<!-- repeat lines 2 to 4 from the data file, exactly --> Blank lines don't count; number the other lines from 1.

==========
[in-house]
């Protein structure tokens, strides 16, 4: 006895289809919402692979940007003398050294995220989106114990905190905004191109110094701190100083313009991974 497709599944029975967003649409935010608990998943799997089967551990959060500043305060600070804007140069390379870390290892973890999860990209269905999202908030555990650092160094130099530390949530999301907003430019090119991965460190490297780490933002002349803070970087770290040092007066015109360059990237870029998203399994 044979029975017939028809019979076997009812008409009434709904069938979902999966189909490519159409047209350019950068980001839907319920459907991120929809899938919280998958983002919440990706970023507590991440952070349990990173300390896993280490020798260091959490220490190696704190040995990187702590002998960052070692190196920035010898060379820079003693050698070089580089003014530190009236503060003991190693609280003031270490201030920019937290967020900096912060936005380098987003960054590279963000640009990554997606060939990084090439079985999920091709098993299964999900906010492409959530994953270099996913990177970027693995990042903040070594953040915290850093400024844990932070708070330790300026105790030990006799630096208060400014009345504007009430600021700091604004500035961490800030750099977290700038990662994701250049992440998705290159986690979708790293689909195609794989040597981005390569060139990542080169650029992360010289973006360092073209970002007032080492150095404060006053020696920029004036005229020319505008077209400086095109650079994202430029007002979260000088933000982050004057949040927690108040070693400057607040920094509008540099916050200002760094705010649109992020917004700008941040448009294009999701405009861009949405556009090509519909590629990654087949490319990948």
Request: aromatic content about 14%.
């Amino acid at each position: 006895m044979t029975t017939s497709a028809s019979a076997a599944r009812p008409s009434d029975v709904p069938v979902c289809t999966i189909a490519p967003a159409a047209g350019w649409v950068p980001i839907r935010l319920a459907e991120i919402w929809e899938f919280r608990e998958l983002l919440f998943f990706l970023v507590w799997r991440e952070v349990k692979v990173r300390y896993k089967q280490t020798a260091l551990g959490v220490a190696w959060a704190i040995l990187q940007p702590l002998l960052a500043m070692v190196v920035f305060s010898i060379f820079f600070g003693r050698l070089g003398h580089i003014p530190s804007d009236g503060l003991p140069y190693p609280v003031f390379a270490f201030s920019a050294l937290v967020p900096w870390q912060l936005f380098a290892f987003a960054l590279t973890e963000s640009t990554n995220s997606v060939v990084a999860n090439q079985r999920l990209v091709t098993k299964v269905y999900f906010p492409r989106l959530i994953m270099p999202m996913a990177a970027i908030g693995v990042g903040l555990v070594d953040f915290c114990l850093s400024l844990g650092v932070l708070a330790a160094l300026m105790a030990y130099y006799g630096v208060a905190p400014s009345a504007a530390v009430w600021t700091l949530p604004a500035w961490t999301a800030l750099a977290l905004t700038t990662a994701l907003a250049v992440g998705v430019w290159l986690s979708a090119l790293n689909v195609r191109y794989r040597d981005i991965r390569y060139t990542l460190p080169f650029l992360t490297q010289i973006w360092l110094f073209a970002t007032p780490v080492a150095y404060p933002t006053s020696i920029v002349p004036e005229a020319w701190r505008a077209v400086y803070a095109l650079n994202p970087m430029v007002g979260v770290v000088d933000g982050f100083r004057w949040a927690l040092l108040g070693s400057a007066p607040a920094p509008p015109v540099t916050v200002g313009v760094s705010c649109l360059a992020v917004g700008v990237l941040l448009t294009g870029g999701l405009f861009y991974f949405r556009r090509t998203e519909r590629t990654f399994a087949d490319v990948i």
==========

């Protein structure tokens, strides 16, 4: 006895289809919402692979940007003398050294995220989106114990905190905004191109110094701190100083313009991974 497709599944029975967003649409935010608990998943799997089967551990959060500043305060600070804007140069390379870390290892973890999860990209269905999202908030555990650092160094130099530390949530999301907003430019090119991965460190490297780490933002002349803070970087770290040092007066015109360059990237870029998203399994 044979029975017939028809019979076997009812008409009434709904069938979902999966189909490519159409047209350019950068980001839907319920459907991120929809899938919280998958983002919440990706970023507590991440952070349990990173300390896993280490020798260091959490220490190696704190040995990187702590002998960052070692190196920035010898060379820079003693050698070089580089003014530190009236503060003991190693609280003031270490201030920019937290967020900096912060936005380098987003960054590279963000640009990554997606060939990084090439079985999920091709098993299964999900906010492409959530994953270099996913990177970027693995990042903040070594953040915290850093400024844990932070708070330790300026105790030990006799630096208060400014009345504007009430600021700091604004500035961490800030750099977290700038990662994701250049992440998705290159986690979708790293689909195609794989040597981005390569060139990542080169650029992360010289973006360092073209970002007032080492150095404060006053020696920029004036005229020319505008077209400086095109650079994202430029007002979260000088933000982050004057949040927690108040070693400057607040920094509008540099916050200002760094705010649109992020917004700008941040448009294009999701405009861009949405556009090509519909590629990654087949490319990948």
Request: aromatic content about 14%.
């Amino acid at each position: 006895m044979t029975t017939s497709a028809s019979a076997a599944r009812p008409s009434d029975v709904p069938v979902c289809t999966i189909a490519p967003a159409a047209g350019w649409v950068p980001i839907r935010l319920a459907e991120i919402w929809e899938f919280r608990e998958l983002l919440f998943f990706l970023v507590w799997r991440e952070v349990k692979v990173r300390y896993k089967q280490t020798a260091l551990g959490v220490a190696w959060a704190i040995l990187q940007p702590l002998l960052a500043m070692v190196v920035f305060s010898i060379f820079f600070g003693r050698l070089g003398h580089i003014p530190s804007d009236g503060l003991p140069y190693p609280v003031f390379a270490f201030s920019a050294l937290v967020p900096w870390q912060l936005f380098a290892f987003a960054l590279t973890e963000s640009t990554n995220s997606v060939v990084a999860n090439q079985r999920l990209v091709t098993k299964v269905y999900f906010p492409r989106l959530i994953m270099p999202m996913a990177a970027i908030g693995v990042g903040l555990v070594d953040f915290c114990l850093s400024l844990g650092v932070l708070a330790a160094l300026m105790a030990y130099y006799g630096v208060a905190p400014s009345a504007a530390v009430w600021t700091l949530p604004a500035w961490t999301a800030l750099a977290l905004t700038t990662a994701l907003a250049v992440g998705v430019w290159l986690s979708a090119l790293n689909v195609r191109y794989r040597d981005i991965r390569y060139t990542l460190p080169f650029l992360t490297q010289i973006w360092l110094f073209a970002t007032p780490v080492a150095y404060p933002t006053s020696i920029v002349p004036e005229a020319w701190r505008a077209v400086y803070a095109l650079n994202p970087m430029v007002g979260v770290v000088d933000g982050f100083r004057w949040a927690l040092l108040g070693s400057a007066p607040a920094p509008p015109v540099t916050v200002g313009v760094s705010c649109l360059a992020v917004g700008v990237l941040l448009t294009g870029g999701l405009f861009y991974f949405r556009r090509t998203e519909r590629t990654f399994a087949d490319v990948i």